DON'T THROW OUT YOUR OLD "DVD" PLAYER WHEN YOU BUY A NEW "BLU-RAY" PLAYER!
You'll need it to play your copy of some new DVD movies.
A new copy protection for DVDs (and Blu-ray) has recently been introduced. This new technology is called "Cinavia". Cinavia only works on some new Blu-ray players (that also play DVDs), including the new PS3. This technology has no effect whatsoever on regular DVD players (non Blu-ray). Here is how it appears to work:
Watermarks (inaudible sounds) are embedded in the audio track of a movie. These watermarks vary, depending on the type of release. A movie shown in theatres will have a different watermark than a consumer DVD release. Any attempt to play a pirated copy of a movie (taken using a video camera in a cinema) will result in an error message because the watermark will give away the origin of the movie. I think this is great and a long time coming, bravo!. The problem is, it doesn't stop there.
Some new DVD movies now contain these same audio watermarks. When you make a copy (using 1CLICK or any other software), these audio watermarks are retained (the audio is always copied 1:1 and never altered). Some new Blu-ray players (including PS3's) will check for these watermarks during playback. If the DVD is unprotected (CSS has been removed) yet still contains these watermarks, then it assumes the DVD has been copied. The player will mute the audio at some point during playback and display a message on screen.
The Blu-ray player does not look for Cinavia on DVDs that are encrypted with CSS. So the simplest solution would be to burn a CSS encrypted DVD. Unfortunately that is impossible because the region of the DVD where the CSS flag is stored is not accessible by a consumer DVD writer. Effectively, this is an elegant and robust protection scheme. The only way to remove these audio watermarks would be to convert the digital audio to analog, somehow filter the watermark (a very complex process requiring knowledge of the algorithm used) and then re-encode the audio. It is extremely unlikely anyone will succeed in this endeavour in the near future (Cinavia was introduced in 2010).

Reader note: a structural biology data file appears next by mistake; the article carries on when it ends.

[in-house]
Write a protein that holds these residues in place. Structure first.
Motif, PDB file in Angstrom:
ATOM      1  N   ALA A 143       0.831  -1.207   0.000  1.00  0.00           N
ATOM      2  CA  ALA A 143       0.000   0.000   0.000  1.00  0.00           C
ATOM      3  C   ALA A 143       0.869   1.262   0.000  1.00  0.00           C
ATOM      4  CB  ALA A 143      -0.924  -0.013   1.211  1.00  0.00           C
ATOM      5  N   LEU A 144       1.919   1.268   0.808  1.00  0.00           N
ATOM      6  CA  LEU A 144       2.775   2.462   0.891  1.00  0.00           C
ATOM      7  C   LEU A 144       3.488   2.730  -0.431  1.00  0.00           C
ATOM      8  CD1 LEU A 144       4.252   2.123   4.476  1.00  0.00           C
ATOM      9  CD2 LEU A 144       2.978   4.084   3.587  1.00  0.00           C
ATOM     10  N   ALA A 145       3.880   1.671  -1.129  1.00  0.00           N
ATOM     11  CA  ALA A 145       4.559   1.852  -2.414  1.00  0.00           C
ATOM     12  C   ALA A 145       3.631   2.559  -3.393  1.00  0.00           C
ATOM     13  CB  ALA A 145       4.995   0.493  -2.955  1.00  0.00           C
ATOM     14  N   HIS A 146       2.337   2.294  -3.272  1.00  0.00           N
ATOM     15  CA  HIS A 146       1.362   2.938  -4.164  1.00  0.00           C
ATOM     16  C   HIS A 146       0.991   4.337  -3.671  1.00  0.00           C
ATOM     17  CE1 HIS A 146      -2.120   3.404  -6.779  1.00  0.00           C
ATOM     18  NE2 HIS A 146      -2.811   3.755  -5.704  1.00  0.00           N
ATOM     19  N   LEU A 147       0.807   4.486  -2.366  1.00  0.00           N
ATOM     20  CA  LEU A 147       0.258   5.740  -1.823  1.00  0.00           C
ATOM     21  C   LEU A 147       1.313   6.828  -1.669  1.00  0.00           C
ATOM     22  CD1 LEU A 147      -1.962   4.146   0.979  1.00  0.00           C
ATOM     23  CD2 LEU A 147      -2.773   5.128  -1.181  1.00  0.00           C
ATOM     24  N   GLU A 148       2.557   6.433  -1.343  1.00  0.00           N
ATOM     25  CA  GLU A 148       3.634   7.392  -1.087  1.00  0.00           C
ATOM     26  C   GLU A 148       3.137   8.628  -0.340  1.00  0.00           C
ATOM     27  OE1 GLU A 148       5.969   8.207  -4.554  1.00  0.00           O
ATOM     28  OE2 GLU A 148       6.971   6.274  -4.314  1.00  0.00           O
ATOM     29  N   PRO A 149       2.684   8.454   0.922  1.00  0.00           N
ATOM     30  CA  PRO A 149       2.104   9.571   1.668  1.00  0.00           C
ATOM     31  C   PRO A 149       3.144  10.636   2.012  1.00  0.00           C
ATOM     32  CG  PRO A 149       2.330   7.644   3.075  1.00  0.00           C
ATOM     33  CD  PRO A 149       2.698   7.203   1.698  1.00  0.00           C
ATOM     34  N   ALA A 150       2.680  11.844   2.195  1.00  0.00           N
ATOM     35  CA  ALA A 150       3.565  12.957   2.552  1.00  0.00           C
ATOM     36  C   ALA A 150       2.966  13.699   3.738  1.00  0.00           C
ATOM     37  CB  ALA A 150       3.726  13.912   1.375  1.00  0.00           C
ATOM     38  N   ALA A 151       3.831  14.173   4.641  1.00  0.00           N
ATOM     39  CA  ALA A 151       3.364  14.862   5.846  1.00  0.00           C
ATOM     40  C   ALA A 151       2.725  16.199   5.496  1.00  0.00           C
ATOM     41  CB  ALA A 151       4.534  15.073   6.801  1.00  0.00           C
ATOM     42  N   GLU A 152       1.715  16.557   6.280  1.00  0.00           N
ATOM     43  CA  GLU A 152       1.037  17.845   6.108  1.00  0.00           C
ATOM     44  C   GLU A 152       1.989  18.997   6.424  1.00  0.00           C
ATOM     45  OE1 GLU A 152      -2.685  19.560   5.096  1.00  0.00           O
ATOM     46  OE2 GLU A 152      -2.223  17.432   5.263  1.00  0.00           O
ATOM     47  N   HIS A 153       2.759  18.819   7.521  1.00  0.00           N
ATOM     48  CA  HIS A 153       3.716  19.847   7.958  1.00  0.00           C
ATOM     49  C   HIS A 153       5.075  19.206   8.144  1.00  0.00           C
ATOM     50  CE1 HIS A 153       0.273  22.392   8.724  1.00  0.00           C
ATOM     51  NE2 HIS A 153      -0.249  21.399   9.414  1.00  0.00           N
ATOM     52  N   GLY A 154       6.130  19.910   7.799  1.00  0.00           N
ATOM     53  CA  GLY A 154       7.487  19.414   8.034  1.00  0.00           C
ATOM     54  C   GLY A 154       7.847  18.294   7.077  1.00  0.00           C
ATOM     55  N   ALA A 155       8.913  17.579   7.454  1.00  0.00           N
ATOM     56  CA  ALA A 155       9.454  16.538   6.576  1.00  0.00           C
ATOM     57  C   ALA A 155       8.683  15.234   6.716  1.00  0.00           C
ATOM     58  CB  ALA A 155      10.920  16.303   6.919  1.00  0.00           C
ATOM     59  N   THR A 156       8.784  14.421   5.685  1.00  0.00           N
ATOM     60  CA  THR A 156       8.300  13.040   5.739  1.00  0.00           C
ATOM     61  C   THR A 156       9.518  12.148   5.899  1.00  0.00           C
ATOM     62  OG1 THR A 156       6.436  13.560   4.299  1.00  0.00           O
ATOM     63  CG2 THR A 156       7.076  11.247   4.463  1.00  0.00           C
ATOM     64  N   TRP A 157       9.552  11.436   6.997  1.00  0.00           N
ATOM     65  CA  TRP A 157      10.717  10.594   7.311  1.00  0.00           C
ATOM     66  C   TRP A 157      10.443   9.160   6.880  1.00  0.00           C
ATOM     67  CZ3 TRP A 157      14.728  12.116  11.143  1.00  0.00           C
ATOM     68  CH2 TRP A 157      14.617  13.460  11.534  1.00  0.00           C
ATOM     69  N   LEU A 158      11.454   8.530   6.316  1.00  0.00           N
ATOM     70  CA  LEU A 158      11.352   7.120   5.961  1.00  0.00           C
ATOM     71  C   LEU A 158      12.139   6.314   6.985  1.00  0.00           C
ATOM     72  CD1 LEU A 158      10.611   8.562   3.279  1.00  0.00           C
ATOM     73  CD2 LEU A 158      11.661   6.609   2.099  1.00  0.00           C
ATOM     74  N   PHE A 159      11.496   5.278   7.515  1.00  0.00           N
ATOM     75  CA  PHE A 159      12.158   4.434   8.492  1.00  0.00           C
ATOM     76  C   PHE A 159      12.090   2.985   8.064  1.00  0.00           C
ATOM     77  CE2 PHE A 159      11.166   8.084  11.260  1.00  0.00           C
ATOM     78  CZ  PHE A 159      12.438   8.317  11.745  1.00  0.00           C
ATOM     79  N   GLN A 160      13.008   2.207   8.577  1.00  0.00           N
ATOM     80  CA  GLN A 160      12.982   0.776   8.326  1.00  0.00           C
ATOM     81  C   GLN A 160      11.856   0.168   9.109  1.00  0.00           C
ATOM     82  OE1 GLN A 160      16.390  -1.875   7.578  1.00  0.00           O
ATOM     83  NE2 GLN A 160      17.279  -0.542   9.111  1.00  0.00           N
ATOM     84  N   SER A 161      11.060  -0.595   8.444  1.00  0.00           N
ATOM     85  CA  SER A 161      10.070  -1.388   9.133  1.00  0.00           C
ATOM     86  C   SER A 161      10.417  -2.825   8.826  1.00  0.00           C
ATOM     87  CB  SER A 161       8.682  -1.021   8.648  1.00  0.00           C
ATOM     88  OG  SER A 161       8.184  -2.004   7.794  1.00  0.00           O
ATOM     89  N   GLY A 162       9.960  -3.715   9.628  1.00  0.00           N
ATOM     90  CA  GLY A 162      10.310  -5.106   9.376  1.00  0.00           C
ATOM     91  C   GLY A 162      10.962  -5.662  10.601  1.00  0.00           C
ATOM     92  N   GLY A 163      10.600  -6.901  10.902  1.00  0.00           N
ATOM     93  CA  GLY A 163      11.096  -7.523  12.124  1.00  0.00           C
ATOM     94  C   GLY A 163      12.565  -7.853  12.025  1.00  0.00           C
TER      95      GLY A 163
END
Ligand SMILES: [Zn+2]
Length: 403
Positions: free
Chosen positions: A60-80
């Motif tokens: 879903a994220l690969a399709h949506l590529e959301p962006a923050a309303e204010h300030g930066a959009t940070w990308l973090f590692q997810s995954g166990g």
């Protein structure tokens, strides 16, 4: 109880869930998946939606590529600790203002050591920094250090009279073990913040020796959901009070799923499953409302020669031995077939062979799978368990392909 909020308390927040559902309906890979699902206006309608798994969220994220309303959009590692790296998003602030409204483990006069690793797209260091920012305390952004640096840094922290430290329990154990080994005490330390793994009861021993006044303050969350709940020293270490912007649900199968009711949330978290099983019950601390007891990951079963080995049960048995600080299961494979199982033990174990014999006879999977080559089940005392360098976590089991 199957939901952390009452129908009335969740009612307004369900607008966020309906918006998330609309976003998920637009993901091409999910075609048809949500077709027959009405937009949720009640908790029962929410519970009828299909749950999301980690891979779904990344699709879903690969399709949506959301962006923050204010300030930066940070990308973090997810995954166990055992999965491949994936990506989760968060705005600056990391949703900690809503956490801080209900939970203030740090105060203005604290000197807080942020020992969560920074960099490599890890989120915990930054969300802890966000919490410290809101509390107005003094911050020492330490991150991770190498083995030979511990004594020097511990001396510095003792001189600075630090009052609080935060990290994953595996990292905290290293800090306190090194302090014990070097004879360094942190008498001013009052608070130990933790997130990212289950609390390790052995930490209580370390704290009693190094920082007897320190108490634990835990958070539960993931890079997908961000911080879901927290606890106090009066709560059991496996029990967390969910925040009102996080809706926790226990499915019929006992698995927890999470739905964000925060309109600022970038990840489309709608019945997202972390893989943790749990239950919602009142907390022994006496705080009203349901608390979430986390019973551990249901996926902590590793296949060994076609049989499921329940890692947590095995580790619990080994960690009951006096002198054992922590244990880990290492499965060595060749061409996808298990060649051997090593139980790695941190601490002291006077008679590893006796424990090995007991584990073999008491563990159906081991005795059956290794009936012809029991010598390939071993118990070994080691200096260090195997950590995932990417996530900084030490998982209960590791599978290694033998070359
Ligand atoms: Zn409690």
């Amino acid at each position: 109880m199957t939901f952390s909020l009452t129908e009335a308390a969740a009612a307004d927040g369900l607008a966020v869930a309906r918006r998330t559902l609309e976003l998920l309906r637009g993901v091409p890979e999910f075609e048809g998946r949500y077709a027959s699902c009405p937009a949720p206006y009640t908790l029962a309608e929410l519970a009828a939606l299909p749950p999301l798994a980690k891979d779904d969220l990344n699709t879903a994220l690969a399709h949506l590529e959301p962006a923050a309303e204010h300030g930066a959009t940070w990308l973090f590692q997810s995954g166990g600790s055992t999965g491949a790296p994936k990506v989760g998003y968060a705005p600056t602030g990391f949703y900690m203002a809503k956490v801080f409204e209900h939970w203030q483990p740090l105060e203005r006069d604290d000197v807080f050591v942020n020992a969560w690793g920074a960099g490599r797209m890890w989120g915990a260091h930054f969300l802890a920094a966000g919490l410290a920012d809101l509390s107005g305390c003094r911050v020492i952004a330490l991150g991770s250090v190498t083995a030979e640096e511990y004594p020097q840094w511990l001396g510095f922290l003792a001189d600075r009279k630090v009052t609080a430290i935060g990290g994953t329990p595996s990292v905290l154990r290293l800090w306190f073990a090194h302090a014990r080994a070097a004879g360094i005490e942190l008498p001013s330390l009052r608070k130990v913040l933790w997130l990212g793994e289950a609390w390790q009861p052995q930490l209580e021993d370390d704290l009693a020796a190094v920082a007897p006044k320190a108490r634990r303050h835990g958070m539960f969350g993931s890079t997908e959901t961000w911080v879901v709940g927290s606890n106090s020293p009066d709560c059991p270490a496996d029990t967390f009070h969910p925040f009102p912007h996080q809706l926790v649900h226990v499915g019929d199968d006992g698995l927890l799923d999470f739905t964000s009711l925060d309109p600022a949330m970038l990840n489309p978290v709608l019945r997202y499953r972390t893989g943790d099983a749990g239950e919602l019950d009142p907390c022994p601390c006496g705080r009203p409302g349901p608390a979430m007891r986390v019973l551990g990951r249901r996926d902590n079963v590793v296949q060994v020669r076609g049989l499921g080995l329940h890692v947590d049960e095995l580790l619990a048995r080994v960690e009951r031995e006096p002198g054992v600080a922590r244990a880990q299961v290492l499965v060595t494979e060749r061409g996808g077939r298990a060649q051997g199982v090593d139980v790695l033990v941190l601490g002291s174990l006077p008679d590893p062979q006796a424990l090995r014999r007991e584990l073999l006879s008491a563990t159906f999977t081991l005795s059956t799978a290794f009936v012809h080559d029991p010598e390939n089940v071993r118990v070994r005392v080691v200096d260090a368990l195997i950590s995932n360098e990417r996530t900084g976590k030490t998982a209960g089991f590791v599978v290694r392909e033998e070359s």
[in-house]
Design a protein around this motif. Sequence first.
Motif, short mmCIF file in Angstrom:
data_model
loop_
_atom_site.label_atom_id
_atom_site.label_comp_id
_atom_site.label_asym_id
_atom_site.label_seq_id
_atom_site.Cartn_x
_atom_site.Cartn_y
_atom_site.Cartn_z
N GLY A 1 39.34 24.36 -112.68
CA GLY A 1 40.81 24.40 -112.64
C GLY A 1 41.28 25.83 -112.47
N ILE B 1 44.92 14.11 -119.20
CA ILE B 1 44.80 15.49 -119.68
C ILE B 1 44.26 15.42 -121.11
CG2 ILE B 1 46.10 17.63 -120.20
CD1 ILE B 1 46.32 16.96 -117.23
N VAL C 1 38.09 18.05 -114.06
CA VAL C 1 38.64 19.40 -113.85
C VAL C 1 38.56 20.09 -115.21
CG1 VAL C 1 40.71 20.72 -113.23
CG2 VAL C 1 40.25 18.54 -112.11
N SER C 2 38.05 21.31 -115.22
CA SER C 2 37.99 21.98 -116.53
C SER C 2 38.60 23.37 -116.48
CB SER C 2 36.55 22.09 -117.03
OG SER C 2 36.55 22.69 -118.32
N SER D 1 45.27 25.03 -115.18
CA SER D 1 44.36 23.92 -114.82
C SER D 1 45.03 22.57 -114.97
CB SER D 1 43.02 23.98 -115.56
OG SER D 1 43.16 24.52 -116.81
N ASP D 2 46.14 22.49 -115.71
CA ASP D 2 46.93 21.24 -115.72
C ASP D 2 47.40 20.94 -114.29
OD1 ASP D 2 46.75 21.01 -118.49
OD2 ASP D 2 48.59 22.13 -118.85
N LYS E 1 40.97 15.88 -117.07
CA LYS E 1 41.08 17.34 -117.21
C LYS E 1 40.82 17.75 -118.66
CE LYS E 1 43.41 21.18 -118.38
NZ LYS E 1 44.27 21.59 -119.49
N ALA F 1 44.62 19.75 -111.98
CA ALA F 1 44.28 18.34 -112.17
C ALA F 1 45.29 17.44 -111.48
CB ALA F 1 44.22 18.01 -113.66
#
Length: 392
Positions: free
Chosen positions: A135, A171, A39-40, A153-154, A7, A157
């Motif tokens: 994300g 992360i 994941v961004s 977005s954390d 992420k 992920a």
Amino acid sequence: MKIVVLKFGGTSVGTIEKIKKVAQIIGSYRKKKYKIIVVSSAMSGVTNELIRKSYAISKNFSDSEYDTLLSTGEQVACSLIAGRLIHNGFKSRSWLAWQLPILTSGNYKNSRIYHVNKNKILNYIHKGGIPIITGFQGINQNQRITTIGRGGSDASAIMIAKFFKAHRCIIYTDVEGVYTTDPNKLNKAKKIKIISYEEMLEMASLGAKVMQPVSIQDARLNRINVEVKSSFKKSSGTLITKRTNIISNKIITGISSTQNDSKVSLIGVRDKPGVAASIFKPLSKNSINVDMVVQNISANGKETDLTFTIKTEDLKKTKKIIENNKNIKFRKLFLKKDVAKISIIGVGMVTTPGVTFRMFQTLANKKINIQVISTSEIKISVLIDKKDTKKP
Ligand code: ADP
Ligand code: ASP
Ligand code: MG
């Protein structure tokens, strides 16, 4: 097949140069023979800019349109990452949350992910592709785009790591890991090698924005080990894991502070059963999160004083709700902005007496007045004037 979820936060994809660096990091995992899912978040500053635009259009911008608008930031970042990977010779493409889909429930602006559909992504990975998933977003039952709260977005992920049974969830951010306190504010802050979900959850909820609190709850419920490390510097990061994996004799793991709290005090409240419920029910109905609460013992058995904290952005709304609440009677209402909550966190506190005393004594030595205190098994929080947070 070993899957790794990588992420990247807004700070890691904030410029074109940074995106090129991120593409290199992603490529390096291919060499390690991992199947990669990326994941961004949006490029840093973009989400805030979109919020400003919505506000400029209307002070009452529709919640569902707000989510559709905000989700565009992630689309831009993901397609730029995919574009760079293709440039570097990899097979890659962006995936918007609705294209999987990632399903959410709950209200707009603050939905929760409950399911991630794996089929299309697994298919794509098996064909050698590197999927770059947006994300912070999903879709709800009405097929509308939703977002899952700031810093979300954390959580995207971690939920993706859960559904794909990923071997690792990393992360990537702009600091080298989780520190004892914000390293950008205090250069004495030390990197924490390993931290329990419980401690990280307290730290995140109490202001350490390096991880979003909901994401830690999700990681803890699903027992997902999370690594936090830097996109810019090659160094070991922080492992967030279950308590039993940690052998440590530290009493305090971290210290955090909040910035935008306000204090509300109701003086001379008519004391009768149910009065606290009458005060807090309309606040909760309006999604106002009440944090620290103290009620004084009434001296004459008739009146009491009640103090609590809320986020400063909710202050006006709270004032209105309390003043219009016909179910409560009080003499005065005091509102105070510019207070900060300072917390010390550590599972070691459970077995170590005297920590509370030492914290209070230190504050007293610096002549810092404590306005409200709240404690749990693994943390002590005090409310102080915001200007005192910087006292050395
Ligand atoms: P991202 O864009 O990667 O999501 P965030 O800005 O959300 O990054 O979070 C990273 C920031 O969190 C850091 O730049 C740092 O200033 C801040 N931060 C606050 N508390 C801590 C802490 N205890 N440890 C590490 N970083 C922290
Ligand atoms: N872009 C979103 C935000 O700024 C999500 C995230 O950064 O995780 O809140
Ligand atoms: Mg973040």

The only workaround presently is to play the copied movie on a regular DVD player (non Blu-ray) or a Blu-ray player which does not support Cinavia technology. I suggest that you check for the "Cinavia" copy protection sticker on the DVD movie before copying it, so that you can add the copied movie to the collection of movies that must be played on a compatible player.
At the moment, we know of several DVD titles that have this protection in certain regions:
Takers, Burlesque, The Tourist, The Roommate, Dylan Dog: Dead Of Night, Zookeeper, Bad Teacher, Project X, Wrath of the Titans, Rock of Ages, The Campaign, Frankenweenie
These are some of the Blu-ray players that use Cinavia:
CyberLink : PowerDVD 12 (upd: 1905c or higher)
Corel : WinDVD 10/11 [NOT ACTIVATED YET]
Nero : Blu-ray Player (part of Nero 12 Platinum)
Arcsoft : TotalMedia Theatre 5 (upd: 172 or higher) and 6
Sony : Playstation 3 (fw: 3.10 or higher)
Sony : BDP-S185/BDP-S186 (fw: M09.R.0033 or higher) BDP-S390 (fw: M11.R.0147 or higher)
Sony : BDP-S280/BDP-S480/BDP-S485/BDP-S580/BDP-S780 (fw: M07.R.0615 or higher)
Sony : BDP-SX1000 (fw: F01.R.0102 or higher)
Sony : BDP-BX39/BDP-BX59/BDP-S590 (fw: M11.R.0320 or higher)
Samsung : BD-Dxxxx Series BD-Exxxx Series
Panasonic : DMP-BDT87/871/771/220/320/321/500 DMP-BBT01
Philips : BDP2900 (fw: 2.42 or higher) BDP2985 BDP5200/6000 (fw: 1.42 or higher)
Pioneer : BDP-V6000
Pioneer : BDP-LX55 (fw: 3.18 or higher)
Marantz : UD5005 UD7006
LG : BDP550 (fw: 8.31.283.C)
LG : BP125,BP200,BP220,BP320,BP325W,BP520,BP620
Denon : DBP-1611UD (fw: MCU Ver 100/07.04.2011) [NOT CONFIRMED] DBP-2012UDCI
Oppo : BDP-103,BDP-105
Sharp : BD-AMS10U/AMS20U
Toshiba : BDX4300KU/5300KU
Yamaha :BD-S473/S673 BD-A1020